The combat of Pombal of 11 March 1811 was a skilful rearguard action fought by Marshal Ney during the retreat from the Lines of Torres Vedras. Marshal Messéna had originally intended to retreat north to take up new positions in the Mondego valley, with the intention of remaining in Portugal until reinforcements reached him. For this plan to succeed, his rearguard needed to delay Wellington for long enough for the vanguard to force their way across the river and capture Coimbra.
The French rearguard was commanded by Marshal Ney, and contained the divisions of Marchand and Mermet. For the first few days of the retreat the only Allied troops close to the French were the Light Division, under the temporary command of Sir William Erskine, and Pack’s Portuguese Brigade. Wellington had ordered all but 3,000 of his 46,000 men to concentrate against the main French line of retreat, but it took several days for the scattered Allied forces to come together.
On 10 March Ney was based at the town of Pombal, with Junot’s corps five miles further north, with the British vanguard close by. On the next morning Picton’s 3rd Division joined the vanguard. When Ney realised that stronger forces had come up, he sent one of his divisions back towards Junot, leaving Mermet in position on the hills above Pombal, with one battalion defending the castle in Pombal.
Wellington saw this isolated battalion, and decided to attempt to cut it off. Elder’s battalion of Caçadores (Portuguese light infantry) and two companies from the 95th rifles were ordered to attack across the bridge at Pombal, with the Light Division in support, while Picton was sent off to the left to outflank the French position.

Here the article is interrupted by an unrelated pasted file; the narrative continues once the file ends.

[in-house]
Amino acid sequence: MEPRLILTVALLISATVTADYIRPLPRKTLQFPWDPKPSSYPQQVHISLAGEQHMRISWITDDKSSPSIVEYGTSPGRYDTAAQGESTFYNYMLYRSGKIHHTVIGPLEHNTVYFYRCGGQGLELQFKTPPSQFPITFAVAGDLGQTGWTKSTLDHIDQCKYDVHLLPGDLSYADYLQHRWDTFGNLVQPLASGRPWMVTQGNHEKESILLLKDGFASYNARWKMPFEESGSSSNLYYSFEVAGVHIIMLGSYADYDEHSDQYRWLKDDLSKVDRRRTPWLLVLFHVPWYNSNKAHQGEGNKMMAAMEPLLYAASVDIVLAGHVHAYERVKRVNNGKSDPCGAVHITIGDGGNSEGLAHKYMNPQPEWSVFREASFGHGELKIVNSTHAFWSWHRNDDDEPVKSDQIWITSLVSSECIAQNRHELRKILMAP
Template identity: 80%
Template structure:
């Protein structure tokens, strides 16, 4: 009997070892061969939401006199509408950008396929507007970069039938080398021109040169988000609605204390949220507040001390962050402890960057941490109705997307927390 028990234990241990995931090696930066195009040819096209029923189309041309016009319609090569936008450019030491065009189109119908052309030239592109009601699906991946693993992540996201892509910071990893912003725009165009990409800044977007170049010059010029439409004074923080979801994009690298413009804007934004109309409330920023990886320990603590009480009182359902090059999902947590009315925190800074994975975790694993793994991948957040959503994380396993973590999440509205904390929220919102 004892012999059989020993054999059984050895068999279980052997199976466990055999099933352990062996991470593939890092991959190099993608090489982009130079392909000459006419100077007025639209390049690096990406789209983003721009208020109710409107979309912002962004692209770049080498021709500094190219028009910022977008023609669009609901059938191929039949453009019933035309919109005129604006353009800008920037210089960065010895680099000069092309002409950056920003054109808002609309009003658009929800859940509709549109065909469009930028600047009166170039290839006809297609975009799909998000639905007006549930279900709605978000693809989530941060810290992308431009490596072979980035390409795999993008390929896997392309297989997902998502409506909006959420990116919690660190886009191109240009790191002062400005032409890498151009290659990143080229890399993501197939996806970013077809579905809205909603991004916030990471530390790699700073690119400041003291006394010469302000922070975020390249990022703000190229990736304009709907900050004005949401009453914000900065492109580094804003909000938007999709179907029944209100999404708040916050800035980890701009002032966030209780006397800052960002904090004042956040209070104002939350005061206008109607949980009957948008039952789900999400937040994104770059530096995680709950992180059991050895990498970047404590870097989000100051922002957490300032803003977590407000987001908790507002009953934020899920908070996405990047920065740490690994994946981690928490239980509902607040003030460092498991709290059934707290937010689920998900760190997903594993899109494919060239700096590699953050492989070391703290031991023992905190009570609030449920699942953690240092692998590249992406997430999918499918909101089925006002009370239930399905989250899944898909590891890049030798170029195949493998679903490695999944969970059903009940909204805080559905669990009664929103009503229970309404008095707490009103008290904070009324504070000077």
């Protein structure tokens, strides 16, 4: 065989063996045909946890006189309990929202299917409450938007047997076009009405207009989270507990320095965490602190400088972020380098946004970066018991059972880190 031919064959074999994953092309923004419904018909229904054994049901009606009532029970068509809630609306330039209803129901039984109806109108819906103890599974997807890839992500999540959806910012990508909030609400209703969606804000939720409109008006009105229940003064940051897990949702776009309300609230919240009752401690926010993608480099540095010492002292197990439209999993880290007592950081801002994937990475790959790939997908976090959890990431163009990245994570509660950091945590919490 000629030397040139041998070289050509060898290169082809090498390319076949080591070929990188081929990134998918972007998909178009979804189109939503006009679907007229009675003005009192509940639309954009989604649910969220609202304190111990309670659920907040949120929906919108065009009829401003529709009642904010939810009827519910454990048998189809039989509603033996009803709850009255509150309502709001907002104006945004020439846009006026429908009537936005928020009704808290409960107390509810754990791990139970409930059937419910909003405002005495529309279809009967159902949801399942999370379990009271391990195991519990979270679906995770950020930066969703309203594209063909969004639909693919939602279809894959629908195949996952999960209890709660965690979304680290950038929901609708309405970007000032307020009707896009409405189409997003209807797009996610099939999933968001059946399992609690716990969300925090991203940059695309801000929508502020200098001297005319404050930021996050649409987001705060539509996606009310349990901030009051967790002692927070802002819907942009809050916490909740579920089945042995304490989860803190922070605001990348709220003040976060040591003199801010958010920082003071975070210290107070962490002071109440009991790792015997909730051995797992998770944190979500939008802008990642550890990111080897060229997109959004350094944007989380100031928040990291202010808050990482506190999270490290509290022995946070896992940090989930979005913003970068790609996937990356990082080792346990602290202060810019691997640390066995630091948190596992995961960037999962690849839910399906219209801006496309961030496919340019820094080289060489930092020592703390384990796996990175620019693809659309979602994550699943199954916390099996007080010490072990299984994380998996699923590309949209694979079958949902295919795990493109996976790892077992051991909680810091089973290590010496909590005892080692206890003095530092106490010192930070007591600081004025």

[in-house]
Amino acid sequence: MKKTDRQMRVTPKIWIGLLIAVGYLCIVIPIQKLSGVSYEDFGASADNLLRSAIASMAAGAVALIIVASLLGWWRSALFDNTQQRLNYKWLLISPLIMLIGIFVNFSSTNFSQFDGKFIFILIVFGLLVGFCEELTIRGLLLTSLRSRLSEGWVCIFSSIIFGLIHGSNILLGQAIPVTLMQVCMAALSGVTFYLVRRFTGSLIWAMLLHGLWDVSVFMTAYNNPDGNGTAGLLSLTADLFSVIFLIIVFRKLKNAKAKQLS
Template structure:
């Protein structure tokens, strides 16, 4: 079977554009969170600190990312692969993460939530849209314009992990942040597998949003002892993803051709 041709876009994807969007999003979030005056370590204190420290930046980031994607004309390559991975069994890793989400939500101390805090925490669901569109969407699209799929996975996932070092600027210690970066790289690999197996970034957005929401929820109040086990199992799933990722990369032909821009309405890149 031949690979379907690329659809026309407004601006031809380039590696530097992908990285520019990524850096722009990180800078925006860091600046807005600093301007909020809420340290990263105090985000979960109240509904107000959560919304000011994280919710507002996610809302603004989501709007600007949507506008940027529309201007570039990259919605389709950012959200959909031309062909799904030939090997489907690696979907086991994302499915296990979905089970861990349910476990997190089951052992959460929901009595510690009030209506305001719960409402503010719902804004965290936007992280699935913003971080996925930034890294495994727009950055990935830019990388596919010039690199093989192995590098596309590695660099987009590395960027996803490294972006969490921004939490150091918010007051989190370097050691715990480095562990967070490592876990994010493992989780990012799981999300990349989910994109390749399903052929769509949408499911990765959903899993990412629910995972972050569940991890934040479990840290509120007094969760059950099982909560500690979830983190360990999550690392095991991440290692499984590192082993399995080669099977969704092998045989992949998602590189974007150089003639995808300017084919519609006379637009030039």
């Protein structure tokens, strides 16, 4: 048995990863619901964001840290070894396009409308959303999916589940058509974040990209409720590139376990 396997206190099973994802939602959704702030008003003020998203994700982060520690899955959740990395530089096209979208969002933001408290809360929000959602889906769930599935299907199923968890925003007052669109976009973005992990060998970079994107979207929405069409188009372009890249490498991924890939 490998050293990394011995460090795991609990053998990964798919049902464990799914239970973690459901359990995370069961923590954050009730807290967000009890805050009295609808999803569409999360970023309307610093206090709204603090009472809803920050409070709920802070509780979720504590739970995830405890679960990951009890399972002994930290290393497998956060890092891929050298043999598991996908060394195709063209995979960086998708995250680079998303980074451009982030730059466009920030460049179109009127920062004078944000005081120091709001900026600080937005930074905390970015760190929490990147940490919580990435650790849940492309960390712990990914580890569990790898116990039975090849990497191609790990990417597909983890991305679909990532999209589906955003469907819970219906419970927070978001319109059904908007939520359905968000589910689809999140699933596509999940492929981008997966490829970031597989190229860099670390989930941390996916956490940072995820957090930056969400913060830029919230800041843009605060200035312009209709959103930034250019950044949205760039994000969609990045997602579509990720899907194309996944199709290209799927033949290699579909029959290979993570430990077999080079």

Elder’s small force managed to fight its way across the bridge, and up to the castle. When Ney realised that the battalion in the castle was in danger of being cut off, he led four battalions from the 6th Léger and the 69th Ligne down from the heights, sweeping Edler’s men back out of the town. He then blockaded the main street and set fire to a number of houses, before retiring back up the hill with his entire force. The Light Division became entangled in the town, while the 3rd Division did not arrive until late in the day, and over cover of darkness the French fell back to Redinha, fighting a second rearguard action there on the following day.
|A History of the Peninsular War vol.4: December 1810-December 1811 - Massena's Retreat, Fuentos de Onoro, Albuera, Tarragona, Sir Charles Oman. The main focus of this fourth volume in Oman's history of the Peninsular War is the year long duel between Wellington and the French on the borders of Portugal, which saw the British make a series of attacks across the border, most of which were repulsed by strong concentrations of French troops. Despite the apparent lack of progress, this was the period that saw the French lose the initiative to Wellington.|
||Save this on Delicious|
Help - F.A.Q. - Contact Us - Search - Recent - About Us - Subscribe in a reader
|Subscribe to History of War|
|Browse Archives at groups.google.co.uk|